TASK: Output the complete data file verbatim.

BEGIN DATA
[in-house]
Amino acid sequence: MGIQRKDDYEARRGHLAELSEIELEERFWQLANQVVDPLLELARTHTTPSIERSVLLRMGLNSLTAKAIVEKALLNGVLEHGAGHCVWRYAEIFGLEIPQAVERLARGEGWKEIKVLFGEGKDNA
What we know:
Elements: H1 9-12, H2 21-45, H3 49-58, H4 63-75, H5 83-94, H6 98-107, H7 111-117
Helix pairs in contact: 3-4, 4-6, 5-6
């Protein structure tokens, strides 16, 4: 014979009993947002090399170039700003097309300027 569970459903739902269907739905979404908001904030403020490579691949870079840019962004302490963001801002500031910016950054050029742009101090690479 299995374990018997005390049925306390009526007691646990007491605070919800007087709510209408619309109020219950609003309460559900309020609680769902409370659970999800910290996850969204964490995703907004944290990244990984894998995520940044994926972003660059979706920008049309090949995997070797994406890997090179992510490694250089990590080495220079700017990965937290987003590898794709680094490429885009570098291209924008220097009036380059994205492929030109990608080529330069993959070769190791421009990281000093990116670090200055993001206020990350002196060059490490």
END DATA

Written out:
[in-house]
Amino acid sequence: MGIQRKDDYEARRGHLAELSEIELEERFWQLANQVVDPLLELARTHTTPSIERSVLLRMGLNSLTAKAIVEKALLNGVLEHGAGHCVWRYAEIFGLEIPQAVERLARGEGWKEIKVLFGEGKDNA
What we know:
Elements: H1 9-12, H2 21-45, H3 49-58, H4 63-75, H5 83-94, H6 98-107, H7 111-117
Helix pairs in contact: 3-4, 4-6, 5-6
């Protein structure tokens, strides 16, 4: 014979009993947002090399170039700003097309300027 569970459903739902269907739905979404908001904030403020490579691949870079840019962004302490963001801002500031910016950054050029742009101090690479 299995374990018997005390049925306390009526007691646990007491605070919800007087709510209408619309109020219950609003309460559900309020609680769902409370659970999800910290996850969204964490995703907004944290990244990984894998995520940044994926972003660059979706920008049309090949995997070797994406890997090179992510490694250089990590080495220079700017990965937290987003590898794709680094490429885009570098291209924008220097009036380059994205492929030109990608080529330069993959070769190791421009990281000093990116670090200055993001206020990350002196060059490490």